He watched the plume he’d teased, tension building, sweat dripping off the point of his nose. Would the upwelling of dense metal coalesce into a single shallow river, aimed in the right direction, and moving at the right speed? Had he tweaked the initial conditions sufficiently? Not stirring hard enough could make the river sluggish, too full of dense elements, and less profitable to mine on an hourly basis. Too much stirring could demolish the flow, splitting it into smaller rivers, none of which would pay the bills. Of course, stirring in the wrong place would affect the initial conditions sufficiently to send the river off in any direction. And, of course, controlling chaos was all about getting the initial conditions exactly right.

Well, there was nothing more he could do about it. This game of Russian Roulette had been played, the trigger pulled. 

Teasing was a high-stakes game. Not on the safety side, of course, at least not anymore—the capsules were sink-proof and the insulation could last for hours if they capsized, much more than the time needed for rescue. No. The gamble was economics. A good river would earn a huge bonus. A bad one would not cover your costs, and lower your chances of getting the next job. Capsizing meant bankruptcy.

Redman had had five good rivers and one marginal one in the last year. He was probably the richest individual on this infernal molten rock. He could have anything available on the planet.

But this plume, this river was the one he needed to nail to get the one thing he wanted most.  The bonus on this one, plus the sale value of his tractor, would scrape the money together to make his dream come true.

This one would allow him to buy his ticket back to Earth.



Gustavo Bondoni is novelist and short story writer with over three hundred stories published in fifteen countries, in seven languages.  He is a member of Codex and an Active Member of SFWA.His latest novel is a dark historic fantasy entitled The Swords of Rasna (2022). He has also published five science fiction novels, four monster books and a thriller entitled Timeless. His short fiction is collected in Pale Reflection (2020), Off the Beaten Path (2019), Tenth Orbit and Other Faraway Places (2010) and Virtuoso and Other Stories (2011).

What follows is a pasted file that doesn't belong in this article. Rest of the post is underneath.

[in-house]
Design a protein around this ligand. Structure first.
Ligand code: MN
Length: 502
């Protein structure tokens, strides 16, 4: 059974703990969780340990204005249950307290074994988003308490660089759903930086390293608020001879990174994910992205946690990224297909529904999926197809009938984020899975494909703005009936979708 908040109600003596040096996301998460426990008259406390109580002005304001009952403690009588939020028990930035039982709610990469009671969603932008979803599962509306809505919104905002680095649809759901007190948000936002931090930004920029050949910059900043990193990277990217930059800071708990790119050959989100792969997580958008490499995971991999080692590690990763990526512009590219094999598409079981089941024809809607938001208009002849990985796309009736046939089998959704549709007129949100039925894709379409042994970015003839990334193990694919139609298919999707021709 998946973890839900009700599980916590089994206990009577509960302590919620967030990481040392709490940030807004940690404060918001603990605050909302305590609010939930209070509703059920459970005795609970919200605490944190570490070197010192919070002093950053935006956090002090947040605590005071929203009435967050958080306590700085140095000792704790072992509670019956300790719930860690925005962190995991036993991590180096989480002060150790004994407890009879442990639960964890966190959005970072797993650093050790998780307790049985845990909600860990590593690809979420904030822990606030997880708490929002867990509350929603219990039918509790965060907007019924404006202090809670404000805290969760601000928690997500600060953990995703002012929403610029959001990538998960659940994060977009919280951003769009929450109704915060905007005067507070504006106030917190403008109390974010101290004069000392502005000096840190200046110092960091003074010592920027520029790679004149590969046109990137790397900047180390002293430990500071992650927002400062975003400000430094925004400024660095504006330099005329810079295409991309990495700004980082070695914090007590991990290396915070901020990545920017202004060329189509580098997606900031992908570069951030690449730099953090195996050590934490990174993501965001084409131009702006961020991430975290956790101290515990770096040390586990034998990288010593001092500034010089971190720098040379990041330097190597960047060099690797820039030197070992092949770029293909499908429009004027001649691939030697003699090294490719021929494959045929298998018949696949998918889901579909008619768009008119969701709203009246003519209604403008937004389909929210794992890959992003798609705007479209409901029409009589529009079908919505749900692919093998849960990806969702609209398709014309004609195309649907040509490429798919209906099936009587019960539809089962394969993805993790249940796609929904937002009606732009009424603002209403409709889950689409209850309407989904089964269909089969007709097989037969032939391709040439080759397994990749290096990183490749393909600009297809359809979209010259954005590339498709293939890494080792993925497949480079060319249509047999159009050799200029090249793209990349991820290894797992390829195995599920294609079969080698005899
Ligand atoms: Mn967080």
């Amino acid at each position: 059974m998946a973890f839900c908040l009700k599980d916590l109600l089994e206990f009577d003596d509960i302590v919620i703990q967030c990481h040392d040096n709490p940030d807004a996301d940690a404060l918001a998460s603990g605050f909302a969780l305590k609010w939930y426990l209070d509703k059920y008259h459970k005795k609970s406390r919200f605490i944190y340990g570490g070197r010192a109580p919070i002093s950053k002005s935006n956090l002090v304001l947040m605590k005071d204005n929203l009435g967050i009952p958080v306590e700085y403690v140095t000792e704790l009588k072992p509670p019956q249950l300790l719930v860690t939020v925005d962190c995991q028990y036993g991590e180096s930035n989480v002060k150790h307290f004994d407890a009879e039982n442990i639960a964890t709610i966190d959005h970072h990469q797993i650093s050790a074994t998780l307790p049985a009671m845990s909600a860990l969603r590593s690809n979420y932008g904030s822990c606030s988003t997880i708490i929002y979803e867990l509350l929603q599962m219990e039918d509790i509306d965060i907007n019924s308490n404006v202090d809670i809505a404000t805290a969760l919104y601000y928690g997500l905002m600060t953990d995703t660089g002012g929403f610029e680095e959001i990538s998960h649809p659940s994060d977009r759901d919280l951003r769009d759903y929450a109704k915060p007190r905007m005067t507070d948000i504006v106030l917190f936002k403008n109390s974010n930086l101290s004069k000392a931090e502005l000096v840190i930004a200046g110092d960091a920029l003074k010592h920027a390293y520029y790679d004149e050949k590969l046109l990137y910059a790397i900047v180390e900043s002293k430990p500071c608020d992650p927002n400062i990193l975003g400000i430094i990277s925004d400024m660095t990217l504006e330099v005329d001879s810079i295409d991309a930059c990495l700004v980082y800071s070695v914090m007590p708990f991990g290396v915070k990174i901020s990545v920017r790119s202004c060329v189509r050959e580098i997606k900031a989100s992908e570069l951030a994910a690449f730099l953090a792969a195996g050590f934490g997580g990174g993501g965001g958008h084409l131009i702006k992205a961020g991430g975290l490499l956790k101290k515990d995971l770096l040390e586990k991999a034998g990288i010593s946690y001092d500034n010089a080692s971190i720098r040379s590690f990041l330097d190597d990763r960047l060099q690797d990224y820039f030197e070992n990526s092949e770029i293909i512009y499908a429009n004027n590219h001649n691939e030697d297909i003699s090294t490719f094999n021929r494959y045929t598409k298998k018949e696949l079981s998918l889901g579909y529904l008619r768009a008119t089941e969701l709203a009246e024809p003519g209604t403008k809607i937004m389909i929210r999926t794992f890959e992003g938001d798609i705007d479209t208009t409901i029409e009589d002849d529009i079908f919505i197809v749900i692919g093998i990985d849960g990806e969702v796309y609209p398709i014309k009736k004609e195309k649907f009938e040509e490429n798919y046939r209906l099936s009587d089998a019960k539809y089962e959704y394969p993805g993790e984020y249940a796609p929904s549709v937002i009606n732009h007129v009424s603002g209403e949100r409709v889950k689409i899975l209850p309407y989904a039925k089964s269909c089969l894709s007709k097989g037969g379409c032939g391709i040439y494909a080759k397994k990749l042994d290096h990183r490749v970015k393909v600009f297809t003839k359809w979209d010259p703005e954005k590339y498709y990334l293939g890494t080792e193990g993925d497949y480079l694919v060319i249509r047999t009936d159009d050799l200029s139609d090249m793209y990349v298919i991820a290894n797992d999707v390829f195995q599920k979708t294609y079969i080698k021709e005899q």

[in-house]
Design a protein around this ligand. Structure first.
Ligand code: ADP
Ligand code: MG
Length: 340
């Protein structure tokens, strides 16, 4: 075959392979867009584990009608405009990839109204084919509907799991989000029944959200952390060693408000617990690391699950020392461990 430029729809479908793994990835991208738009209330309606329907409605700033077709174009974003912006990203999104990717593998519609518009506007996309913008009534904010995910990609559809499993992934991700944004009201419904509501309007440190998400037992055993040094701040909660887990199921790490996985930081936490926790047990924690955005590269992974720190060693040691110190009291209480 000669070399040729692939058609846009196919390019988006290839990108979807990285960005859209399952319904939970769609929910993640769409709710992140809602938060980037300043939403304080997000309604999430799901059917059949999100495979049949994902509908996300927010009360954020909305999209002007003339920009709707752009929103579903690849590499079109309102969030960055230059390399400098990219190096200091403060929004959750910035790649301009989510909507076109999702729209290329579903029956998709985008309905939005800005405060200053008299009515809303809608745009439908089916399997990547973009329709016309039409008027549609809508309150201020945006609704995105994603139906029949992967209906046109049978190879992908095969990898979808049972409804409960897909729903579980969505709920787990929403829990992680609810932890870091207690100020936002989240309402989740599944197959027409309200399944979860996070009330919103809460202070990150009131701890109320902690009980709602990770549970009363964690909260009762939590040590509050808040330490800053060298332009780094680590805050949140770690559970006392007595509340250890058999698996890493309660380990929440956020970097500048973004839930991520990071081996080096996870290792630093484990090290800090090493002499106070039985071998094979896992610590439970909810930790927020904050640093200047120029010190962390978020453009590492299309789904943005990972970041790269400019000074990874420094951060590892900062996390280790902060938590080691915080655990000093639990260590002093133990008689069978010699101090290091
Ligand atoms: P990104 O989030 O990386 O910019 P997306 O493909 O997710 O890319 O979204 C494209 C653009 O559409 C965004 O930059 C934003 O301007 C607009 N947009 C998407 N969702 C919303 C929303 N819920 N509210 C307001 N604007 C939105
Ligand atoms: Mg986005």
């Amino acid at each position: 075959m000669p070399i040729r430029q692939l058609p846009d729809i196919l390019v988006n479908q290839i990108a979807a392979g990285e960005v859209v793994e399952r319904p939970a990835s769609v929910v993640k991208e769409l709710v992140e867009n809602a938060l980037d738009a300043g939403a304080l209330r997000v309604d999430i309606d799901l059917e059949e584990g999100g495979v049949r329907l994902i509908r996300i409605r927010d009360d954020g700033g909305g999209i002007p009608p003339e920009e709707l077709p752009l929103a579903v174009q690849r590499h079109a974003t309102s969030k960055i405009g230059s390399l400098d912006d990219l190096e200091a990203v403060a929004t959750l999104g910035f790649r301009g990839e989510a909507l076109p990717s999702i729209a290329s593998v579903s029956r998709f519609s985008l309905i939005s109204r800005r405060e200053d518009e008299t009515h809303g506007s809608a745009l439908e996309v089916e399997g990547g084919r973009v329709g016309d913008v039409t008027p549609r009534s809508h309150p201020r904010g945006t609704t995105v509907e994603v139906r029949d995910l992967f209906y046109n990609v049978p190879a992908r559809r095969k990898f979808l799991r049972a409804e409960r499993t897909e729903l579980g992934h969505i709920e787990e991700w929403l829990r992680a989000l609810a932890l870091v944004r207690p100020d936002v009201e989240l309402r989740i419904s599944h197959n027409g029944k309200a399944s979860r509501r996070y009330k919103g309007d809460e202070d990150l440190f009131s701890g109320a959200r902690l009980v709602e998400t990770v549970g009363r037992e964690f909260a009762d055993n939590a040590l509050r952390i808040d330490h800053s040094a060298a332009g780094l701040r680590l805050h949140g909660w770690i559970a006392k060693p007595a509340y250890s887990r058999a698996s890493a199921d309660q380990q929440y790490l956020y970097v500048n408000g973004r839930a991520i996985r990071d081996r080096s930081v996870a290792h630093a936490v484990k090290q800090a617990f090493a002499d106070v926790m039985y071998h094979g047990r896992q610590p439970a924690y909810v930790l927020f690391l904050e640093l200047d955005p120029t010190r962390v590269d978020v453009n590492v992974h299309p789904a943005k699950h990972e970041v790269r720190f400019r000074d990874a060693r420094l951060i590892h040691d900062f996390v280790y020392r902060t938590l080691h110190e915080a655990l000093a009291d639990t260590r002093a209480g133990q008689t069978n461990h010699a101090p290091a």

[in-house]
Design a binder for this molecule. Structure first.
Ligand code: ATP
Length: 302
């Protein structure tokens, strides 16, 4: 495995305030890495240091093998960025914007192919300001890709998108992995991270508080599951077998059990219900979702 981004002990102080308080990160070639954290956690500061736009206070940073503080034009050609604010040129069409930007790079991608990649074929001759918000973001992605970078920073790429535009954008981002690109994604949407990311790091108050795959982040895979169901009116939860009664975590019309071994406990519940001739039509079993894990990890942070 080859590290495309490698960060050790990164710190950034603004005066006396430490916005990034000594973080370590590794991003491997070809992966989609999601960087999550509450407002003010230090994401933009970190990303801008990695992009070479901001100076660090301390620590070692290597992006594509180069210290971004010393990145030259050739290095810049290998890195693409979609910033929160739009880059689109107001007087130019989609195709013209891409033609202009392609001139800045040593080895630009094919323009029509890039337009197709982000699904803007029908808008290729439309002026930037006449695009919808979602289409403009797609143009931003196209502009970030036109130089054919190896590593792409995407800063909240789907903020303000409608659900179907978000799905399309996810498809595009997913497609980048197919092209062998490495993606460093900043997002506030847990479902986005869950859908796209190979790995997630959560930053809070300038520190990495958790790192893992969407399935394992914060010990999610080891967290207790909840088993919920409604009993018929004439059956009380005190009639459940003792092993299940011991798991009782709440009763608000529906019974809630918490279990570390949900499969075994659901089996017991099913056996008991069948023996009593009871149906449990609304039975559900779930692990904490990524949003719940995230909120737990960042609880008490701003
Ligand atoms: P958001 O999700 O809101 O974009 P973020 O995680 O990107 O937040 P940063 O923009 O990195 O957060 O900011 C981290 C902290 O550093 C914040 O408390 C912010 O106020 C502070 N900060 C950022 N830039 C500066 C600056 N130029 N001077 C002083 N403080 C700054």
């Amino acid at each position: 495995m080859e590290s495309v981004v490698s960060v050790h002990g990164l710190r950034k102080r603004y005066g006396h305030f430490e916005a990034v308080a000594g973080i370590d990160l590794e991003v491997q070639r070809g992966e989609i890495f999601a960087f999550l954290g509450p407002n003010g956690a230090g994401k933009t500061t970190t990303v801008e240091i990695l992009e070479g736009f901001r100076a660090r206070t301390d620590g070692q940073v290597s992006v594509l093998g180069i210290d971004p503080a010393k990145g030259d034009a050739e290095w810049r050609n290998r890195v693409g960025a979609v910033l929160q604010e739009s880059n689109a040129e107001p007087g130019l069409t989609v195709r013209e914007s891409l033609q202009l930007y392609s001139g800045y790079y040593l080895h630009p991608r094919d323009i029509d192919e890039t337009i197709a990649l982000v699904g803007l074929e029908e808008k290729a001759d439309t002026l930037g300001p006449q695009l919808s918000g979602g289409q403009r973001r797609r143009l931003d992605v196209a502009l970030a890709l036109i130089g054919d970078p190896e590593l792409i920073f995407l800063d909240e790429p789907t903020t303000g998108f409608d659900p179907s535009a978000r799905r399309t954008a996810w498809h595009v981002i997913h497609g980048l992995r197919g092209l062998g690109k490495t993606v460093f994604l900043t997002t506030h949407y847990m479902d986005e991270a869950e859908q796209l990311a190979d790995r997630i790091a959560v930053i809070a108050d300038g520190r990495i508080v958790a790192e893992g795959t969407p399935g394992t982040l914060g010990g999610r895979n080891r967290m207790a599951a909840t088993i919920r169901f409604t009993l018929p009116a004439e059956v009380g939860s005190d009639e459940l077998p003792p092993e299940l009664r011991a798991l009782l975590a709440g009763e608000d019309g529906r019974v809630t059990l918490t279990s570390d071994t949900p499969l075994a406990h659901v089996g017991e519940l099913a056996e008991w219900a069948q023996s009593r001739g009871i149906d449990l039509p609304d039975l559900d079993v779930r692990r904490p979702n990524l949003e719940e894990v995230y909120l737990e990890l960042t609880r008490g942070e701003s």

In 2019, Gustavo was awarded second place in the Jim Baen Memorial Contest and in 2018 he received a Judges Commendation (and second place) in The James White Award. He was also a 2019 finalist in the Writers of the Future Contest.

His website is at www.gustavobondoni.com

This story was originally published in 2008 in Golden Visions, a now-defunct print magazine, and appears here by permission of the author. Gustavo has become a regular contributor to Stupefying Stories and we have quite a few stories of his stories on our site. Check them out!


If you like the stories we’re publishing, subscribe today. We do Stupefying Stories out of pure love for genre fiction, but in publishing as in tennis, love means nothing. To keep Stupefying Stories going at this level we need to raise at least $500 USD monthly, and rather than doing so with pledge breaks or crowd-funding campaigns, we’d rather have subscribers. If just 100 people commit to just $5 monthly, we can keep going at this level indefinitely. If we raise more, we will pay our authors more.

Please don’t make me escalate to posting pictures of sad kittens and puppies… 


If you liked this story, share it!
These buttons work!


Made in DNA said...

That elusive dream... a return home. Does one EVER really hit the perfect jackpot, or is there always "just one more" to chase?

~brb said...

i think that's something deeply embedded in our DNA by four-and-a-half-million years of hominid evolution. We're always striving to get just one more thing, pick one more banana, work one more year until we retire. Just one more big score, and then we'll be satisfied.

After all, if our brains weren't wired that way, we'd still be sitting on our haunches in Olduvai Gorge, picking fleas out of each other's fur and debating the questionable merits of this newfangled "walking upright" thing.

Mr. Naron said...

The first two sentences perfectly describe driving a tractor in the Mississippi Delta this time of year. I don’t think they have to much anymore, fortunately.